Quick cooking also means having a meticulous mise-en-place. Line up all your ingredients, as well as all your preventative measures. While authentic Chinese food isn't usually as saucy as Americanized Chinese food (as Chef put it, "Americans like their gravy"), it's no good to dry the ingredients out, either. This prevents the flavor in the wok from distributing evenly. It's a good idea to keep some hot stock on hand to add as needed. It's also good to keep your serving plate nearby so you can just scoop the stuff right into it.

Seasoning a wok right before cooking is easy. Just pour some oil into the bottom of the wok, toss in some salt, smear it all over the inside of the wok with a paper towel, and put it on the heat.

If there's stuff stuck to the bottom, cleanup is easy; just add some water and bring it to the boil; any stuff stuck to the bottom should lift right off. Never put a seasoned wok into the dishwasher--you'll wash your seasoning off! For that matter, don't scrub it with an abrasive pad and dish detergent, either.
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Wednesday, September 3, 2008

Pacific Rim, Week 2: Chinese 1

School started up again last week! This semester, I'm taking Pacific Rim Cuisine and Principles of Human Nutrition, which is an online class and will contain no tasty cooking experiences. Most of these weekly recaps will be only photos because my chef-instructor doesn't want his recipes to get out. ;) Our class has been split into groups, and this week was our first week in the kitchen. I think we did well! Only two wok fires, and one of them was Chef's. ;) Working with wok jets will be fun! Our breakdown for the semester is something like 5 weeks of Chinese, a couple weeks of Vietnamese, a week of Thai, a week of Japanese, a week of Filipino, a week of Korean, and a week of Asian Fusion. We're starting with Chinese cuisine. We spend the class time cooking, then feast at the end! This first week in the kitchen featured a pretty simple fare, but it was tasty all the same!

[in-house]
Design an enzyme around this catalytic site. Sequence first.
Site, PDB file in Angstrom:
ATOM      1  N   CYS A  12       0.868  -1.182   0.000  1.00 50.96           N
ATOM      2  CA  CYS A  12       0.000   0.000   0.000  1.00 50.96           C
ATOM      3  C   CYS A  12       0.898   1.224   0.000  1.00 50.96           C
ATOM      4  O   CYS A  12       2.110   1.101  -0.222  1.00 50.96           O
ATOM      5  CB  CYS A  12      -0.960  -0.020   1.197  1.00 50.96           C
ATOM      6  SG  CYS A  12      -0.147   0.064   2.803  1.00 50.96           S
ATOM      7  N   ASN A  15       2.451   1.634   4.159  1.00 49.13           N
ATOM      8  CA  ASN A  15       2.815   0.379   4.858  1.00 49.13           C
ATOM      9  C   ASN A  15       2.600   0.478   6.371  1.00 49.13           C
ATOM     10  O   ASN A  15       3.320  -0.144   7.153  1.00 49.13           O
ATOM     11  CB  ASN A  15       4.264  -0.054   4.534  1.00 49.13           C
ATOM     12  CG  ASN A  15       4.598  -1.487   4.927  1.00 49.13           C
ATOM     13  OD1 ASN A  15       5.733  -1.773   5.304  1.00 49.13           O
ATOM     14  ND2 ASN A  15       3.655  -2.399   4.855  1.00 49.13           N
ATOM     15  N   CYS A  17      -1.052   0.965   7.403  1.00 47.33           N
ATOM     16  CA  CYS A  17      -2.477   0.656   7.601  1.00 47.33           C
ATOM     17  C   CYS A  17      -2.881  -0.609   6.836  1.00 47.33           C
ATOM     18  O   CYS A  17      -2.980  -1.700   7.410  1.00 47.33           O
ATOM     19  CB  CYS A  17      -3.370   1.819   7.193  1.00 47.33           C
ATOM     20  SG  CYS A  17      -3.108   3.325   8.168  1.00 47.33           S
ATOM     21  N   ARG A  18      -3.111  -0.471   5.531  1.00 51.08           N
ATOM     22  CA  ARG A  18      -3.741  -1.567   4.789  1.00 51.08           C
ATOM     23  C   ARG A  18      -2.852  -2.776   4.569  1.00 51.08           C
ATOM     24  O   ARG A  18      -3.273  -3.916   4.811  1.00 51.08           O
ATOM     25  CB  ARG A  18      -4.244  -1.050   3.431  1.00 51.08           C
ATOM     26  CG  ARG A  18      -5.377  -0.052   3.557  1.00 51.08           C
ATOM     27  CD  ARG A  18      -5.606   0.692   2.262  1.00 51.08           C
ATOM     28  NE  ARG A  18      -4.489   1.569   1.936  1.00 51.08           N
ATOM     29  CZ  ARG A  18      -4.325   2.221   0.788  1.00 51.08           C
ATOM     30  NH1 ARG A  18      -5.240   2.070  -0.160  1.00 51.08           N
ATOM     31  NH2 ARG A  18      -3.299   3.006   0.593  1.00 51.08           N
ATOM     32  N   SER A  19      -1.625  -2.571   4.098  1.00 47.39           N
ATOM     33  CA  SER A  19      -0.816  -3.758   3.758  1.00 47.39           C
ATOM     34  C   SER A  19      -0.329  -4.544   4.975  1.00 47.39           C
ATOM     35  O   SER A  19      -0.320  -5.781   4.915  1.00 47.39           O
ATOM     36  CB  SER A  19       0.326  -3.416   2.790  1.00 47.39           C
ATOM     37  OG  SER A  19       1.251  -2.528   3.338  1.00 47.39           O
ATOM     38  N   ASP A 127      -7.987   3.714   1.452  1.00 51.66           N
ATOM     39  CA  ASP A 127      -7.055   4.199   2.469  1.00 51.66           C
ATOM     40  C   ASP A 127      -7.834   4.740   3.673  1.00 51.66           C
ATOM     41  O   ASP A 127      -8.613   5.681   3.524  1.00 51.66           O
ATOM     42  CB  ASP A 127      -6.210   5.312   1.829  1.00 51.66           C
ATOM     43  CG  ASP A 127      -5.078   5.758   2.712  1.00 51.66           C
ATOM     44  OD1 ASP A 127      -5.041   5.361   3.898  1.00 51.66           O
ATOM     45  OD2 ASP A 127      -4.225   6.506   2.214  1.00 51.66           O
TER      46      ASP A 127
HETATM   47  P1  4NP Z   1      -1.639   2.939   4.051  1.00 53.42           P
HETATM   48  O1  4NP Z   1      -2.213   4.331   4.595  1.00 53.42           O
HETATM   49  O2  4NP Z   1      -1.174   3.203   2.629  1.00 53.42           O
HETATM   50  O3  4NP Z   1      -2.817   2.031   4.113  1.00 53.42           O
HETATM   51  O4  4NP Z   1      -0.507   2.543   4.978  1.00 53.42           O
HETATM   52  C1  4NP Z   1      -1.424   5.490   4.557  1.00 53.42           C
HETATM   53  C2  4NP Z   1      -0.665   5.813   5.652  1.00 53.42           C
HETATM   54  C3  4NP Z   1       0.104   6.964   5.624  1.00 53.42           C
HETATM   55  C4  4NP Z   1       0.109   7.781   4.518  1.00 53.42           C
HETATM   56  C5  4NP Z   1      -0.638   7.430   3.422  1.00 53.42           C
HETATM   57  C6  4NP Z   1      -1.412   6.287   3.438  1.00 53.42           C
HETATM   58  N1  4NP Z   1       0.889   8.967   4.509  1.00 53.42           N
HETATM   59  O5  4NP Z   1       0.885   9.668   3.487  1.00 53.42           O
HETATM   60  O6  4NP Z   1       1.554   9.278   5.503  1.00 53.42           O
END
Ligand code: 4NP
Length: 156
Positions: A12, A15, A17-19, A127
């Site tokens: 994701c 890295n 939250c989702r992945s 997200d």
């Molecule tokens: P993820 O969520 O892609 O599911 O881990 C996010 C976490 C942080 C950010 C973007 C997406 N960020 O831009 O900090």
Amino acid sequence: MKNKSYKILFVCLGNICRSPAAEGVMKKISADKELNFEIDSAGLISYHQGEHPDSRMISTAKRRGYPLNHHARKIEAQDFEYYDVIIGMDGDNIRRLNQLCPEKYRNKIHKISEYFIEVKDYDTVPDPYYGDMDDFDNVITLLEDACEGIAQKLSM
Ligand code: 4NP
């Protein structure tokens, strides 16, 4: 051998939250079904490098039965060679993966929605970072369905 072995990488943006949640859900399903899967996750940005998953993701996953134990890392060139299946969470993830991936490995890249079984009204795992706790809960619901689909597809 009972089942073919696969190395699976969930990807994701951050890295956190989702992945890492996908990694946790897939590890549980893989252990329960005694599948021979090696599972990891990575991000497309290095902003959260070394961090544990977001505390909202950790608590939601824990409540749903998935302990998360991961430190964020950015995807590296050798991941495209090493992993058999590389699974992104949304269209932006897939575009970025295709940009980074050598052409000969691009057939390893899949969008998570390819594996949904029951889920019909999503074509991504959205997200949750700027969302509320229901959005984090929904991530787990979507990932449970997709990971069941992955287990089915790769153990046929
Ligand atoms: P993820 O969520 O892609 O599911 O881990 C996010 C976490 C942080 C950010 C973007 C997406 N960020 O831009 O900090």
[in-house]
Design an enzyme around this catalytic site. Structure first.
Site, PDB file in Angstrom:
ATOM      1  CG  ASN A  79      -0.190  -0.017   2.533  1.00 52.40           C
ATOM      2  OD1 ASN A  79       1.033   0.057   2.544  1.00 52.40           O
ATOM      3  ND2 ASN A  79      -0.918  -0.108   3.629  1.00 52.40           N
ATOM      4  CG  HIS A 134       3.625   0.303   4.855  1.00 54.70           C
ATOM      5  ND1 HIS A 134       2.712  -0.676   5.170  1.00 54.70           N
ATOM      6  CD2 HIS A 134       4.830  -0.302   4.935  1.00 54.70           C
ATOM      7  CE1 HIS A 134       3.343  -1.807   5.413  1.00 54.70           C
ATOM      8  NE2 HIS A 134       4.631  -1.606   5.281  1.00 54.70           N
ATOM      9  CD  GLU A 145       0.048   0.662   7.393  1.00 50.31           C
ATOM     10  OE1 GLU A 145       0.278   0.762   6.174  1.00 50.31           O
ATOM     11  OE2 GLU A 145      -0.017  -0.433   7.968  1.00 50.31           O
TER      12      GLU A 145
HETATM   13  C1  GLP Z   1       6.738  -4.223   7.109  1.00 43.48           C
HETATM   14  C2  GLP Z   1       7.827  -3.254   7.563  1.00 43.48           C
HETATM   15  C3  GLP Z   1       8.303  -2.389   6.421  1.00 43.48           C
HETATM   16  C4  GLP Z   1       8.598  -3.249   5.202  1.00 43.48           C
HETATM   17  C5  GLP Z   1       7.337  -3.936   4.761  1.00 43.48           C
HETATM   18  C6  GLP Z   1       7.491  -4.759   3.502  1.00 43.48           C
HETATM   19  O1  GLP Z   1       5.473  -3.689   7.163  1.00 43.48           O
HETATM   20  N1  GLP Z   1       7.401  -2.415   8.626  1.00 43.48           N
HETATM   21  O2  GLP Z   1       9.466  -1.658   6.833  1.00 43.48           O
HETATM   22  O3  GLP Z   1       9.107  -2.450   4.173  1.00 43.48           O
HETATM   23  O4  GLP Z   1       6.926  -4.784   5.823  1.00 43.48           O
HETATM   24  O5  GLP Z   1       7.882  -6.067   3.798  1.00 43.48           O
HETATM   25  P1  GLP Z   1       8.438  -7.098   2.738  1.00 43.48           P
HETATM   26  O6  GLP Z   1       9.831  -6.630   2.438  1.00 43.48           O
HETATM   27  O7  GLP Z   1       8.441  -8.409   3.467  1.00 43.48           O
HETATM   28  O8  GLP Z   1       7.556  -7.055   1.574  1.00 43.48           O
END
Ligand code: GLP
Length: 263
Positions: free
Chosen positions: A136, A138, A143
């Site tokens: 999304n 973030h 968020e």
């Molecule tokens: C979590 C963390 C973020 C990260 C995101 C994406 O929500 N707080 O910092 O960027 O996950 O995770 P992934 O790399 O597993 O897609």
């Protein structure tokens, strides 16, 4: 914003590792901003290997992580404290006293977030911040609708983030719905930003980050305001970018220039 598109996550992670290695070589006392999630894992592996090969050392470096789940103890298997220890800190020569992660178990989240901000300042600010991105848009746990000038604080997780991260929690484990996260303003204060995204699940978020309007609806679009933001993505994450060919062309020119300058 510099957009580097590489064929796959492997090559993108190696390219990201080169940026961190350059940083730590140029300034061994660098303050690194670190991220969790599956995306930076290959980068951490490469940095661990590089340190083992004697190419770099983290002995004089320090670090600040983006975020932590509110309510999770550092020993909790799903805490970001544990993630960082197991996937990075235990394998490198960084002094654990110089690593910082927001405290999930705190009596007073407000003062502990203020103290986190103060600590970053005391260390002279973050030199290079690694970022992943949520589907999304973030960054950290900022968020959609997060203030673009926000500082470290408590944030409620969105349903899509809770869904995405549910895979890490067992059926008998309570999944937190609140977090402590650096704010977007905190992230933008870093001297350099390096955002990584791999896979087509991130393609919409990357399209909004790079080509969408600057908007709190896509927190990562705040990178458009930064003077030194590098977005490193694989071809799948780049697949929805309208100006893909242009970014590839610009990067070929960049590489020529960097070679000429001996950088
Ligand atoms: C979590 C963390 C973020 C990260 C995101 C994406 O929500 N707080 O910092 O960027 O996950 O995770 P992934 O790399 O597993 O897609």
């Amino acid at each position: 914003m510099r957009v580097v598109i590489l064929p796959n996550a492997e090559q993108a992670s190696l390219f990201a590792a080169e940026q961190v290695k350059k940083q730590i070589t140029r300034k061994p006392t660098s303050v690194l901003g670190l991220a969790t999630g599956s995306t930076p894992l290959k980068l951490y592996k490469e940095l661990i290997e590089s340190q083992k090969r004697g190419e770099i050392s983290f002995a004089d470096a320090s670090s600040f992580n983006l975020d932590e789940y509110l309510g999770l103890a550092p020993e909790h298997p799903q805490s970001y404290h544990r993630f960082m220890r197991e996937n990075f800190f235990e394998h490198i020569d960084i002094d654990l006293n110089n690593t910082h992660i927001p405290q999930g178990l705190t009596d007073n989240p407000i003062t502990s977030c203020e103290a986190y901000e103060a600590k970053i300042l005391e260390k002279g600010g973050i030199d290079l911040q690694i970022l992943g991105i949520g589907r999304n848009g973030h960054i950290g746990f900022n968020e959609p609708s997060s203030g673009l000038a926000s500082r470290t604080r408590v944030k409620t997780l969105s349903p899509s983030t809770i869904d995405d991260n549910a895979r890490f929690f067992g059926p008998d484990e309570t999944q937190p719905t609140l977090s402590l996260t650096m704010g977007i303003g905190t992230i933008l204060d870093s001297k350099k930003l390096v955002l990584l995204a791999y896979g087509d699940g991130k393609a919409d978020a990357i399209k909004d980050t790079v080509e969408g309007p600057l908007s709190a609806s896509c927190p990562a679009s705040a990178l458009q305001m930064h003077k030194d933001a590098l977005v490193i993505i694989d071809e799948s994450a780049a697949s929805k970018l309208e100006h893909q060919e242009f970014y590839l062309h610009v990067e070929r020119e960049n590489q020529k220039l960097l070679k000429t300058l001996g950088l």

Pacific Rim: Week 2



Chicken fried rice--simple stuff. Cold rice (since fresh, hot rice will probably get mushy if you try to fry it) wokked up with some scrambled egg, peas, and velveted chicken. Chef's a Kikkoman soy sauce brand fan, believing it has good flavor without being too salty and overbearing. It's the stuff I grew up on! If white rice could be considered light, then it's because it's done up in this version. The peas were a nice touch, adding some fresh, sweet pops here and there. The velveted chicken, as in the moo goo gai pan, was silky, moist, and tender.
Pacific Rim: Week 2

Kung pao beef, featuring velveted beef--the velveted beef was tender and flavorful. A low heat came from fresh Thai chilis, and the roasted cashews added a nice earthy crunch to the dish's texture.
Pacific Rim: Week 2

Dumplings with jade sauce (tender, melt-in-your-mouth chicken dumplings, and jade sauce, which is like Chinese pesto--basically spinach, garlic, ginger, cilantro, basil, and a slew of oils, vinegars, sauces, and spices). The ginger makes this dish, filling out the flavors with a pleasant, low-pitched zing.
Pacific Rim: Week 2

Moo goo gai pan, featuring velveted chicken--the slurry-thickened, gingery sauce with a dash of five-spice powder was a class favorite.
Pacific Rim: Week 2

Wonton soup--ginger shines again, steeped into the chicken broth for this soup featuring pork wontons and thinly sliced roasted pork. Awesome porky flavor! The wontons are cooked in salted water before being added to the soup, which is then served right away so the wontons don't turn to mush and fall apart.
Pacific Rim: Week 2

Egg drop soup, Honk Kong style--as Chef explained it, Hong Kong style means it's colorful, made so here with yellow food coloring!
Pacific Rim: Week 2

Notes:

Velvet marinade is made up of eggs, cornstarch, and oil. Sometimes, only egg whites are used, sometimes, only egg yolks for sturdier meat like beef, and other times, the whole egg is used--it's a matter of preference. Basically, toss meat in the beaten egg, coat in cornstarch, and then marinade the meat in oil. Velveting meat will help prevent it from drying out in the wok during stir-frying and gives it a velvety texture. If you've ever stir-fried chicken at home and not gotten that soft texture you get at your favorite chopstick shop, it's probably because you didn't velvet your chicken!

When cooking in a wok, don't throw in a huge amount of stuff at once. Cook in batches, or your meat and veggies will release too much liquid, leaving you with soup or some boiled concoction. Be especially mindful to batch cook if you're stuck with an electric stove since electric stoves don't generate the kind of heat you need to stir-fry a big batch of food at once.

If your wok catches on fire (yeah, I've done it), take it off the heat. You can let it burn out, squelch the oxygen with another wok on top of it, or throw some salt on it, then use the salt to help you scrub the burned crud out of your wok. ;)


For veggies like the simple long beans in the top photo, cook them to crisp-tender, and no more. As Chef explained it, soft veggies are for Italian sauces, not stir-frys!